Algorithmic Methods: NonStatistical Methods Solving Statistical Problems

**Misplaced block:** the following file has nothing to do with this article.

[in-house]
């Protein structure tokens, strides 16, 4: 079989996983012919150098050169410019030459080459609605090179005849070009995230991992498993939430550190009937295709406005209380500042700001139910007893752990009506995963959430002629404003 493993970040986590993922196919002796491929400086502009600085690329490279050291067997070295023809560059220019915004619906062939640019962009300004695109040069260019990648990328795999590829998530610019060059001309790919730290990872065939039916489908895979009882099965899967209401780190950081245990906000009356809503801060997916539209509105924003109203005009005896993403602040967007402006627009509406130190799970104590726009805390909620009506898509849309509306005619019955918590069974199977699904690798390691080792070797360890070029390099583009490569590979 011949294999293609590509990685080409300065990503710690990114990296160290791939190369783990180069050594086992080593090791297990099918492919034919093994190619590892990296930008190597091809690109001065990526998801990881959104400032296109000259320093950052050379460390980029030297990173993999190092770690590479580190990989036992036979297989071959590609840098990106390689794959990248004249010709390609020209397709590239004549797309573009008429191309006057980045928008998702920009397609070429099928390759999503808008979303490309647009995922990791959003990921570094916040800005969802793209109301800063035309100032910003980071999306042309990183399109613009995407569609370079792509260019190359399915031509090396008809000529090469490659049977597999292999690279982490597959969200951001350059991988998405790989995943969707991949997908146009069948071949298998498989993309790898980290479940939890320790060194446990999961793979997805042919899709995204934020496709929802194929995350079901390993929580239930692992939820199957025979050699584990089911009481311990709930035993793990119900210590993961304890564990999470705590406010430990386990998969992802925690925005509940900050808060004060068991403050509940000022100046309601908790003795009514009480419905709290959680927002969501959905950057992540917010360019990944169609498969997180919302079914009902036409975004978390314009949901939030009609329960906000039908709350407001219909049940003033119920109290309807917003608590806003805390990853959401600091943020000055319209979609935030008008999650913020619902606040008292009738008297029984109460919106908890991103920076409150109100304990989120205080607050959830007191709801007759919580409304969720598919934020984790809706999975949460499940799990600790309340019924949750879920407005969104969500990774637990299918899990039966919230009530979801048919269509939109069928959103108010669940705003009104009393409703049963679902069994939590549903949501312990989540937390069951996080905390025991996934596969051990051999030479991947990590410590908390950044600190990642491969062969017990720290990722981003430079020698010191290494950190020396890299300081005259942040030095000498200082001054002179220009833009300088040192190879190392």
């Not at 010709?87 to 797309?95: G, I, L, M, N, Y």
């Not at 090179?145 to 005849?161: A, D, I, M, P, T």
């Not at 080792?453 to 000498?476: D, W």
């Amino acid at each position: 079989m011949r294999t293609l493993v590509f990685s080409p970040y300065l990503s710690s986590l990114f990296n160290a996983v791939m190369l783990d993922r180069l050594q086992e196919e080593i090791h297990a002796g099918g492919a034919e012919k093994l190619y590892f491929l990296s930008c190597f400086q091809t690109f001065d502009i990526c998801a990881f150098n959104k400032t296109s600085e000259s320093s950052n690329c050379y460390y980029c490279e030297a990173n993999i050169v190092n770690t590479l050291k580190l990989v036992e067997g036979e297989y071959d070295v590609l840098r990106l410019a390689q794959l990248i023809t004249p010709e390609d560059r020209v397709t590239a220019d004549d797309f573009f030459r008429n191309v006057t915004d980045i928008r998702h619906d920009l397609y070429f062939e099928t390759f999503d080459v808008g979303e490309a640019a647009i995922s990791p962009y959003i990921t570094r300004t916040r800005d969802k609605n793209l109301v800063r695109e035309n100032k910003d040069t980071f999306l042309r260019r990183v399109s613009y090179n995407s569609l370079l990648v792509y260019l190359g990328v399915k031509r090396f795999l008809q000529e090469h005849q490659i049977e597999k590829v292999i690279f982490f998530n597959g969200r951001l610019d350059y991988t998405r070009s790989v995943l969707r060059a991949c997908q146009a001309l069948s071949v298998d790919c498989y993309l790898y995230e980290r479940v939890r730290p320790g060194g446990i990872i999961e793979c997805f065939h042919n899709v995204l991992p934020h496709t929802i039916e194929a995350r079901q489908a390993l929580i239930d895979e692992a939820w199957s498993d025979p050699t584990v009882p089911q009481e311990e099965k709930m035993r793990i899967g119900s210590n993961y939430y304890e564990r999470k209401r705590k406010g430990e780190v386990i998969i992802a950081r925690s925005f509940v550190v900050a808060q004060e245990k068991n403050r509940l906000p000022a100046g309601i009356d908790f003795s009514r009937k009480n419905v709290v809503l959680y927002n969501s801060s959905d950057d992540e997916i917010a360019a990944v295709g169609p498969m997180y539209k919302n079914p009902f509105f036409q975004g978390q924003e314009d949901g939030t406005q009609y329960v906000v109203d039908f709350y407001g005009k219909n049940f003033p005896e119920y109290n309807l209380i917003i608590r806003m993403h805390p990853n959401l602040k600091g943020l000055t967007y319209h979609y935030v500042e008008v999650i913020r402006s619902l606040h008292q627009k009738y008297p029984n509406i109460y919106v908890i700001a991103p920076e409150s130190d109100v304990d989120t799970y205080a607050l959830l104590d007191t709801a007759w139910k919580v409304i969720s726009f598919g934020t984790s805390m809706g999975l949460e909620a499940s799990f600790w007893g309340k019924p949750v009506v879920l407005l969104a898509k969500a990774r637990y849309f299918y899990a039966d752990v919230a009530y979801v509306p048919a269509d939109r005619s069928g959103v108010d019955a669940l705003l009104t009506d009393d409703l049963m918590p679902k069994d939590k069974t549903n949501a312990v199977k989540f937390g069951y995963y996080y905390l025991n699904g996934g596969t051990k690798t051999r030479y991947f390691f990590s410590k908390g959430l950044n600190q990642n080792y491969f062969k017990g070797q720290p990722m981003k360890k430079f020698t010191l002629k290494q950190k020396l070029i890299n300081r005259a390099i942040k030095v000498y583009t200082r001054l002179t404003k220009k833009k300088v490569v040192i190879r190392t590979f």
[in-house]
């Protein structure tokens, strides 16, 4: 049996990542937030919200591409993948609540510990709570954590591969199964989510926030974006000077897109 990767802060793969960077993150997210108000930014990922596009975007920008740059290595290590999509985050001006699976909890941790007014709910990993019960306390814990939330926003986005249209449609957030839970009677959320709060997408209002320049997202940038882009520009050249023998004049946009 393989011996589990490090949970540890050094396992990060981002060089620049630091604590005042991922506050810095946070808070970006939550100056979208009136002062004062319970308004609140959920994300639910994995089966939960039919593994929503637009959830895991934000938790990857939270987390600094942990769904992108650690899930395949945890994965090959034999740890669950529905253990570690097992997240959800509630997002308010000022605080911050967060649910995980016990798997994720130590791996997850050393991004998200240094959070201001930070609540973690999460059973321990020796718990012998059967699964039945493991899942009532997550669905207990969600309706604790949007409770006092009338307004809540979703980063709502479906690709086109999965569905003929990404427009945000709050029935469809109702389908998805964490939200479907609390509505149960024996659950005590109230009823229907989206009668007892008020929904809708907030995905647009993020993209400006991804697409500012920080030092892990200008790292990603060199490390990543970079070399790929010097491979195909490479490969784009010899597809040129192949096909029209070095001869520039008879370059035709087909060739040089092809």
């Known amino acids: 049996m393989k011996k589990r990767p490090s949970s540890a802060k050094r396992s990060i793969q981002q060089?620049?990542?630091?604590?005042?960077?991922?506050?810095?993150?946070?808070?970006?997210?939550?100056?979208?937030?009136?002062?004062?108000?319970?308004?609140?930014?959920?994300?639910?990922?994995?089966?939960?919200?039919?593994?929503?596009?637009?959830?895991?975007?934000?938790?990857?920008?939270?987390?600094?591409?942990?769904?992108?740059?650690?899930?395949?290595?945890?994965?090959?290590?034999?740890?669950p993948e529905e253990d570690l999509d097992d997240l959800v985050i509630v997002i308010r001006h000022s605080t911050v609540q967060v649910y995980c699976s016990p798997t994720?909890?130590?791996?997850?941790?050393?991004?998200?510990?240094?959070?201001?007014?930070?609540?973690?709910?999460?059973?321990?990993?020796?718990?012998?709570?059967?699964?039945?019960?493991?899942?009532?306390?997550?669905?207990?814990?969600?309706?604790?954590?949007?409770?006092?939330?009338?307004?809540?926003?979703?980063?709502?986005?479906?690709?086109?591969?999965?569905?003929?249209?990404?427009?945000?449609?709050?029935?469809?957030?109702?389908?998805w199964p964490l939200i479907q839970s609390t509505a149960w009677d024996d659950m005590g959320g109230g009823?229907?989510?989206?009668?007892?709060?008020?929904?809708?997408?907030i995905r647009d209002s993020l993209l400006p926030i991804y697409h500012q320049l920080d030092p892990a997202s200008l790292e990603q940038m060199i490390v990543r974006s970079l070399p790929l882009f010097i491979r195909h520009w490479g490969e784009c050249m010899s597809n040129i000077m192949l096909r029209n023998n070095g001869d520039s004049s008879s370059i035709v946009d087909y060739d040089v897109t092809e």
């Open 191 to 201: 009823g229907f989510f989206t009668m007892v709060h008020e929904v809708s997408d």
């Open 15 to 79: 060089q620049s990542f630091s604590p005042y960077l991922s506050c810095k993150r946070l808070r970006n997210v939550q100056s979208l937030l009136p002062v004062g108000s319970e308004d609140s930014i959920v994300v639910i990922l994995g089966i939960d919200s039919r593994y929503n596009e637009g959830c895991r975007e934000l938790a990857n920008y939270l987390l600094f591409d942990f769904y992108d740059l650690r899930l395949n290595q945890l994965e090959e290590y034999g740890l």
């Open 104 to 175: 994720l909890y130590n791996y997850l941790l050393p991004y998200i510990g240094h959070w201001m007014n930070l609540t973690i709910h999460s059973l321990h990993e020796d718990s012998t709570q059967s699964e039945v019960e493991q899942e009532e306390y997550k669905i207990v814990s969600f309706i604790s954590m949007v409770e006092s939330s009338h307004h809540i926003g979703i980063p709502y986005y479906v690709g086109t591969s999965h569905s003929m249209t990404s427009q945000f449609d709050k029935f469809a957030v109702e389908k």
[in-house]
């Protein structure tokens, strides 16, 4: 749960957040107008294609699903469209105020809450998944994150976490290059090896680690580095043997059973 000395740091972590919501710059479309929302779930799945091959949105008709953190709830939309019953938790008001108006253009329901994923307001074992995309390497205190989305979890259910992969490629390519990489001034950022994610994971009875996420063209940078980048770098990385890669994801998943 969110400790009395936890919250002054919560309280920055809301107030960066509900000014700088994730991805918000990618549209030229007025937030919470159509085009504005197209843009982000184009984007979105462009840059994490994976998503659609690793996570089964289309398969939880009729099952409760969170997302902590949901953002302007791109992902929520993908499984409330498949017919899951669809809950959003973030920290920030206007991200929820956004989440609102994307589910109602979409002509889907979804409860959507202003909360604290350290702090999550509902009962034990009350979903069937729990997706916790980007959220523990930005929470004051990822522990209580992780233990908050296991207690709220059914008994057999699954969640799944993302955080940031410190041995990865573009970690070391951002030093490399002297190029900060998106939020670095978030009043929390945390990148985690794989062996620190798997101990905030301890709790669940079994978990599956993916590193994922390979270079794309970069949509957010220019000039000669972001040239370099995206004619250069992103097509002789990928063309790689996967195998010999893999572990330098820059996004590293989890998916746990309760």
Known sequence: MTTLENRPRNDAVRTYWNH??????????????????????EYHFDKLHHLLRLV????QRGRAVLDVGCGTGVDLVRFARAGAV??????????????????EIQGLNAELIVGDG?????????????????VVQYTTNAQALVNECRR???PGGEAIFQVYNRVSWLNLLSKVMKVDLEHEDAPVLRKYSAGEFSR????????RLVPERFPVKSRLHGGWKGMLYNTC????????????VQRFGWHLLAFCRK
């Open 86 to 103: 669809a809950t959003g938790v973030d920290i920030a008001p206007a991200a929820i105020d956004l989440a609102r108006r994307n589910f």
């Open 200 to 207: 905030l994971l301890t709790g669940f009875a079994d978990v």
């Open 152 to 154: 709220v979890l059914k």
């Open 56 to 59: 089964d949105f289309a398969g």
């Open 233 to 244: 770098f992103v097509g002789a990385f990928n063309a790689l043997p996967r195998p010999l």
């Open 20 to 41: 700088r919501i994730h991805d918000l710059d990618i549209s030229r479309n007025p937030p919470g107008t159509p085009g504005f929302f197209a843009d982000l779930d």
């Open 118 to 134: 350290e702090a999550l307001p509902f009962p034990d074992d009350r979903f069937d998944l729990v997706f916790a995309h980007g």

Bruce Ratner, Ph.D. There are a growing number of new statistical methods, referred to as “algorithmic,” which primarily come from the fields of statistics and computer science. Algorithmic methods are nominally statistical models, or more aptly nonstatistical models, in that no effort is made to represent how the data were generated. They are nonparametric, assumptionfree procedures that let the data define the form of the model itself. Typically, the data analyst approaches a problem directly with a procedure designed specifically for that purpose. For example, the everyday statistical problems of classification (i.e., assigning class membership), and prediction of a continuous target variable are solved by the binary or polynomial logistic regression models, and ordinary leastsquares regression model, respectively. The most notable algorithmic methods for the everyday statistical problems are the decision trees (sets of ifthen rules), such as CART, CHAID, and C5.0. There is growing evidence that the number of algorithmic methods perform better than conventional statistical procedures for the tasks that algorithmic methods are designed to undertake. The purpose of this article is to introduce the GenIQ Model© as an algorithmic method, as it is a nonstatistical method solving the statistical problems of classification and prediction by uniquely unfolding the task of optimizing the decile table, or equivalently, the ROC curve, and the KS statistic. For an eyeopening preview of the 9step modeling process of GenIQ, click here. For FAQs about GenIQ, click here. 1 800 DM STAT1, or email at br@dmstat1.com.